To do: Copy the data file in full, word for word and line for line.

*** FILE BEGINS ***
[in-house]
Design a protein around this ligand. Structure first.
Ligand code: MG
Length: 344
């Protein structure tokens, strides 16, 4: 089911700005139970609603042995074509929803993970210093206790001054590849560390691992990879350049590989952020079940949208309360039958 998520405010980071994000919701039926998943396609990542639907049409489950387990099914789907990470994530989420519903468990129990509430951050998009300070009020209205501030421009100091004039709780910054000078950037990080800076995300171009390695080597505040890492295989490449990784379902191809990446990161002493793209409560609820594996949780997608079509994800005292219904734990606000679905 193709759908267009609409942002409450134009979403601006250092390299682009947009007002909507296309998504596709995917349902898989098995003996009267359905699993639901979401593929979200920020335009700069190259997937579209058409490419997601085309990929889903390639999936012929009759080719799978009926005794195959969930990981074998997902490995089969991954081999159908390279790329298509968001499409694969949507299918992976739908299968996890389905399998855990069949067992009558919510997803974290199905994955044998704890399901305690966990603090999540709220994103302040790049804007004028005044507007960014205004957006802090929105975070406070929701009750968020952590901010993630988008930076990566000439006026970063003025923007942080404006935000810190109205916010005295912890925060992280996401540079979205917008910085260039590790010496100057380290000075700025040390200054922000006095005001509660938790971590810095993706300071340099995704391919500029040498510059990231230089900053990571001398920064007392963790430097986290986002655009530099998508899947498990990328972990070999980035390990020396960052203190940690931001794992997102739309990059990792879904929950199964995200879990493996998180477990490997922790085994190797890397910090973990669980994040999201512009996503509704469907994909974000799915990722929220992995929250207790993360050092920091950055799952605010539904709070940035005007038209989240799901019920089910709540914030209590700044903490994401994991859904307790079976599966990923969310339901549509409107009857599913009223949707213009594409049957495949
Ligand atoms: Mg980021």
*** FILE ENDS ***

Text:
[in-house]
Design a protein around this ligand. Structure first.
Ligand code: MG
Length: 344
């Protein structure tokens, strides 16, 4: 089911700005139970609603042995074509929803993970210093206790001054590849560390691992990879350049590989952020079940949208309360039958 998520405010980071994000919701039926998943396609990542639907049409489950387990099914789907990470994530989420519903468990129990509430951050998009300070009020209205501030421009100091004039709780910054000078950037990080800076995300171009390695080597505040890492295989490449990784379902191809990446990161002493793209409560609820594996949780997608079509994800005292219904734990606000679905 193709759908267009609409942002409450134009979403601006250092390299682009947009007002909507296309998504596709995917349902898989098995003996009267359905699993639901979401593929979200920020335009700069190259997937579209058409490419997601085309990929889903390639999936012929009759080719799978009926005794195959969930990981074998997902490995089969991954081999159908390279790329298509968001499409694969949507299918992976739908299968996890389905399998855990069949067992009558919510997803974290199905994955044998704890399901305690966990603090999540709220994103302040790049804007004028005044507007960014205004957006802090929105975070406070929701009750968020952590901010993630988008930076990566000439006026970063003025923007942080404006935000810190109205916010005295912890925060992280996401540079979205917008910085260039590790010496100057380290000075700025040390200054922000006095005001509660938790971590810095993706300071340099995704391919500029040498510059990231230089900053990571001398920064007392963790430097986290986002655009530099998508899947498990990328972990070999980035390990020396960052203190940690931001794992997102739309990059990792879904929950199964995200879990493996998180477990490997922790085994190797890397910090973990669980994040999201512009996503509704469907994909974000799915990722929220992995929250207790993360050092920091950055799952605010539904709070940035005007038209989240799901019920089910709540914030209590700044903490994401994991859904307790079976599966990923969310339901549509409107009857599913009223949707213009594409049957495949
Ligand atoms: Mg980021």